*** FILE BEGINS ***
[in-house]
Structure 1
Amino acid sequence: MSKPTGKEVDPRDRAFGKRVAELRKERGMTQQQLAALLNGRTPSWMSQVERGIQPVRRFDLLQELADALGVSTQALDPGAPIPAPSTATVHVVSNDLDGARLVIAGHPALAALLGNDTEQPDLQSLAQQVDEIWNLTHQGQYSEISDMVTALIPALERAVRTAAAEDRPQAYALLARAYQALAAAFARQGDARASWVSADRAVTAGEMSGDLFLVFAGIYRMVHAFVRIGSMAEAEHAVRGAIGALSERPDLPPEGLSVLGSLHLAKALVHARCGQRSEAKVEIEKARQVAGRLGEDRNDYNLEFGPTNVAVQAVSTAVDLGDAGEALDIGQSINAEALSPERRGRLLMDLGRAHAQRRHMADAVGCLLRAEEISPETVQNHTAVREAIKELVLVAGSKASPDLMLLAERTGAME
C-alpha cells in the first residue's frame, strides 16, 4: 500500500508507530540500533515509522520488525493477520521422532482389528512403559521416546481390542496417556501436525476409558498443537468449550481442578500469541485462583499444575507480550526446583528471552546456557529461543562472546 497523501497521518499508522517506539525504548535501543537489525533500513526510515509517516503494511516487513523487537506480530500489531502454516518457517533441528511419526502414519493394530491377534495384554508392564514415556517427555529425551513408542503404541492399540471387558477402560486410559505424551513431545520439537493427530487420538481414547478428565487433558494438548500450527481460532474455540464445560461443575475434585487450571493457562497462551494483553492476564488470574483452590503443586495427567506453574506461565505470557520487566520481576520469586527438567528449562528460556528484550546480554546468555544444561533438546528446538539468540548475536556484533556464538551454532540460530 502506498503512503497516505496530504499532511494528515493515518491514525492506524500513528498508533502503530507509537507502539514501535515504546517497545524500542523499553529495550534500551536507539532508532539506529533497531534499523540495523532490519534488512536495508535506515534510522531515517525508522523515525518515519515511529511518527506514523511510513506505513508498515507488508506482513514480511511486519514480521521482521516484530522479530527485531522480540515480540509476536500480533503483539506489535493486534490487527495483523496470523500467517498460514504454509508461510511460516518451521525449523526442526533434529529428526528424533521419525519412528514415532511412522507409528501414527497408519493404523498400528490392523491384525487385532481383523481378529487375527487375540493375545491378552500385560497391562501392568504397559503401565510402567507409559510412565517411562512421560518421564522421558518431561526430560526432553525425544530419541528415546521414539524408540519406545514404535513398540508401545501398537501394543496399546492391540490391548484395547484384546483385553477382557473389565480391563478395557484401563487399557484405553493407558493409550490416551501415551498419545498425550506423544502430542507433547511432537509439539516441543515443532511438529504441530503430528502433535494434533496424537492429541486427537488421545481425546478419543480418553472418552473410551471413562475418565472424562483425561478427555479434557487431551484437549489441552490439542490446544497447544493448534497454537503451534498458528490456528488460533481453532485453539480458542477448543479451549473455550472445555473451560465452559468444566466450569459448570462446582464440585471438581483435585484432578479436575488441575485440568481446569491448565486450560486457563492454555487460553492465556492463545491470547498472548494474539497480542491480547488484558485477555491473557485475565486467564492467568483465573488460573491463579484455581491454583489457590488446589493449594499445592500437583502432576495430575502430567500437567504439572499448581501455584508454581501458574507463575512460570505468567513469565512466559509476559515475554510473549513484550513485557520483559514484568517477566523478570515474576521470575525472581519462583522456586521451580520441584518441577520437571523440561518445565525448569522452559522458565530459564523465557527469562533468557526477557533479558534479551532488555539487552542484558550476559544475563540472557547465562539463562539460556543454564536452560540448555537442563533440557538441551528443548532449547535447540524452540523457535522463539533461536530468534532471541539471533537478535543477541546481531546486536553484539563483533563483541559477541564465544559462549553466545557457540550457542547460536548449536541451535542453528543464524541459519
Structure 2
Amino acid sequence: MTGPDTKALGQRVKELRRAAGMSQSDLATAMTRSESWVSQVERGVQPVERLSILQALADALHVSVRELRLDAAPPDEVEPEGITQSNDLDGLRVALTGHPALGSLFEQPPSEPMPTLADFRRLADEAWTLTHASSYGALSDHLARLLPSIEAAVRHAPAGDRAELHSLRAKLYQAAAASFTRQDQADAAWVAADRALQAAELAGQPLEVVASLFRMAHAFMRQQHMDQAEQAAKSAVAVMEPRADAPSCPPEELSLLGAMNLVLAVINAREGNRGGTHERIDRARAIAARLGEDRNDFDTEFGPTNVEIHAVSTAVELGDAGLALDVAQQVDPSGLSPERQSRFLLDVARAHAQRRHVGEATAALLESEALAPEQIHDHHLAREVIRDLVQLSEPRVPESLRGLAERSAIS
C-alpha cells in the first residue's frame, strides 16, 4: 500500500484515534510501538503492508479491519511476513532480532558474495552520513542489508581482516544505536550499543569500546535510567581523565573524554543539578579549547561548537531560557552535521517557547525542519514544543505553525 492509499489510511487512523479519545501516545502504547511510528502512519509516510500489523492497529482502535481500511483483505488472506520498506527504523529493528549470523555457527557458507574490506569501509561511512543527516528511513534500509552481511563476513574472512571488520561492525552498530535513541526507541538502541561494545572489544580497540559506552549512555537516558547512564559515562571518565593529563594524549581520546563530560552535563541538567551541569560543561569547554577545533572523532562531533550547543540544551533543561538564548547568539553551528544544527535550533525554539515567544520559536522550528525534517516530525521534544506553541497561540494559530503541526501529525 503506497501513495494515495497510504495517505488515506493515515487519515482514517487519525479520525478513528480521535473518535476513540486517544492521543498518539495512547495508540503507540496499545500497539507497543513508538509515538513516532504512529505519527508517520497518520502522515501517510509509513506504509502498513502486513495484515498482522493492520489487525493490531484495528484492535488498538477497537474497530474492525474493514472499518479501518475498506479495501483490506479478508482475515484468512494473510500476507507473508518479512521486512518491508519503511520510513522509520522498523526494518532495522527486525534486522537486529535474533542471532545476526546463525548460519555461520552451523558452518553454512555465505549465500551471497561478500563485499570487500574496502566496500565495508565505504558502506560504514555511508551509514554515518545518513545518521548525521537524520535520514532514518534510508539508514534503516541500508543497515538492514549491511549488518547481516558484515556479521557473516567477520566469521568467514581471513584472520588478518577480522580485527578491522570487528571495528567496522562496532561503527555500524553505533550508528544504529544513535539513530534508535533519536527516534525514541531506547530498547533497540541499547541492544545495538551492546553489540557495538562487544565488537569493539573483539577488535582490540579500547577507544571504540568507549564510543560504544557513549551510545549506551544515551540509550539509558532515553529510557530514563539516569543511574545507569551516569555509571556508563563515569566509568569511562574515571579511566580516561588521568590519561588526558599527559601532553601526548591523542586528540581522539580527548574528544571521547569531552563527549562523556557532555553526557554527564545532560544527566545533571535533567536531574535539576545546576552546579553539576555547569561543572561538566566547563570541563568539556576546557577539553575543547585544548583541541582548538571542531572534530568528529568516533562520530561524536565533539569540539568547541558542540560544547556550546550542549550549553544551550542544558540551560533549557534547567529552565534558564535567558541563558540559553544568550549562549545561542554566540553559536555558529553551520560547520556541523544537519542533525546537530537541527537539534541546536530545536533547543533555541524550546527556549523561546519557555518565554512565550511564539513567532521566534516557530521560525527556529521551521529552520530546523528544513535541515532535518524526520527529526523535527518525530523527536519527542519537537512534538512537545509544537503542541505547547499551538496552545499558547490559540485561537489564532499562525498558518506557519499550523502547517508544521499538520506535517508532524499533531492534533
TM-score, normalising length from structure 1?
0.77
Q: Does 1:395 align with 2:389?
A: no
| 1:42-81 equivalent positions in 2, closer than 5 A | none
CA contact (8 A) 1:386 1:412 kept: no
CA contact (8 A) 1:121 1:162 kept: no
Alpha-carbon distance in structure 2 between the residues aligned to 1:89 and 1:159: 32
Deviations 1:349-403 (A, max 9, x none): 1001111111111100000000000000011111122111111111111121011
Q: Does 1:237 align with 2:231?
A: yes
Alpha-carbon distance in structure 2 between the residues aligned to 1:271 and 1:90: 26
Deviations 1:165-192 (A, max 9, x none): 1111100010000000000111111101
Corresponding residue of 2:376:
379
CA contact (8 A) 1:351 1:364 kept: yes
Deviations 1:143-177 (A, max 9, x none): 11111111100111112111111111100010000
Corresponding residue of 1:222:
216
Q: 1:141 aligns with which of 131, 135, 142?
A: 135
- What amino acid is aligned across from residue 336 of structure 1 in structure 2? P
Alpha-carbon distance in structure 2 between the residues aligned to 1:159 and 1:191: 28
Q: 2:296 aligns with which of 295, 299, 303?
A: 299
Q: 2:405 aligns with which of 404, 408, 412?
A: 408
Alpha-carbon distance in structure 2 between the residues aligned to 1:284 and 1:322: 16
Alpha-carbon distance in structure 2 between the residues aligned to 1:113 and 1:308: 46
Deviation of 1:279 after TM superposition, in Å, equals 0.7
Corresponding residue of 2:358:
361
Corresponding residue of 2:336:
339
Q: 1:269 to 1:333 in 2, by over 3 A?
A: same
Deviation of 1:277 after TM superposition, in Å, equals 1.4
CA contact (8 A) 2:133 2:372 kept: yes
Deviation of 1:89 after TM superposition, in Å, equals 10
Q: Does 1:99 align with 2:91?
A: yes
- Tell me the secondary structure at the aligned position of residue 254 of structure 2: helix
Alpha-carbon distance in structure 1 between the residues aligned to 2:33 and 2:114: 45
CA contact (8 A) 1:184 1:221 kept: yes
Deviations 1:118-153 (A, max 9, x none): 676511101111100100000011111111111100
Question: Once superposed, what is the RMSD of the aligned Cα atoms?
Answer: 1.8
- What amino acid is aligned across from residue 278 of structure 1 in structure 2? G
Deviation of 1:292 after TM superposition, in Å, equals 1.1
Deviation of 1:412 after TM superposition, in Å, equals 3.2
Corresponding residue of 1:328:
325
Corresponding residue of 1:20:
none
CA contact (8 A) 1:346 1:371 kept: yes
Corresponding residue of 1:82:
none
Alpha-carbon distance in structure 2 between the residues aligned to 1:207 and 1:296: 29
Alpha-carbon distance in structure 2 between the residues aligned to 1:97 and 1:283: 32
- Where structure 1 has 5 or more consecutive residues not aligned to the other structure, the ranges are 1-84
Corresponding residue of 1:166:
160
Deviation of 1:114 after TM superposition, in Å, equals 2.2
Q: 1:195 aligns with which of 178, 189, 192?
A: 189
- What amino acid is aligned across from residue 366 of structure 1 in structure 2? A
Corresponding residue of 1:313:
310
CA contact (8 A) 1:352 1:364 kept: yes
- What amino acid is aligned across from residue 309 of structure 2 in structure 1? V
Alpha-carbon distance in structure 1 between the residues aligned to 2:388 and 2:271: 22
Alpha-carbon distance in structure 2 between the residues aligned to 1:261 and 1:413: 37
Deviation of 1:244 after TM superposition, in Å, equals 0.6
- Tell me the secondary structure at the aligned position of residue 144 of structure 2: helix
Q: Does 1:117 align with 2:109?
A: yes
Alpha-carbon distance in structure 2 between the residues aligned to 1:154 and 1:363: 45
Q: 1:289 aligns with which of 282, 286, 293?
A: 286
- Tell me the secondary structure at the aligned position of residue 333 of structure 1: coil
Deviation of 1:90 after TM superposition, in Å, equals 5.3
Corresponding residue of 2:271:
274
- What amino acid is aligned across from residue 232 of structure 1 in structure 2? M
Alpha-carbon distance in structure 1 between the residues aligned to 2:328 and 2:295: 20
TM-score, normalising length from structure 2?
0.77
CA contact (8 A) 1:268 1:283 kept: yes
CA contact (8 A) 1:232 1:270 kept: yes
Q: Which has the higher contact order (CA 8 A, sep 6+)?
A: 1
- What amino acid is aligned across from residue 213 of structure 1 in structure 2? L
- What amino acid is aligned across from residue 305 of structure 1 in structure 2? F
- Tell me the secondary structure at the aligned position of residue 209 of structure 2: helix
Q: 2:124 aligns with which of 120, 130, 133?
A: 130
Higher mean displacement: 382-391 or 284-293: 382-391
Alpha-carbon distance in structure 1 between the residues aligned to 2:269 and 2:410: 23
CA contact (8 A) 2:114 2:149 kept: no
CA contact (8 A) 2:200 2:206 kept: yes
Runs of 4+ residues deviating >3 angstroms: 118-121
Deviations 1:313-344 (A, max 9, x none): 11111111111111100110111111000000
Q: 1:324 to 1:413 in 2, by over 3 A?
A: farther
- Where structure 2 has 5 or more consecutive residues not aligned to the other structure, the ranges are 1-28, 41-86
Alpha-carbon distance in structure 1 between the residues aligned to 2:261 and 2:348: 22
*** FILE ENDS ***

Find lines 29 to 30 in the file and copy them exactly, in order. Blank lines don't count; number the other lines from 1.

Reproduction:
- What amino acid is aligned across from residue 336 of structure 1 in structure 2? P
Alpha-carbon distance in structure 2 between the residues aligned to 1:159 and 1:191: 28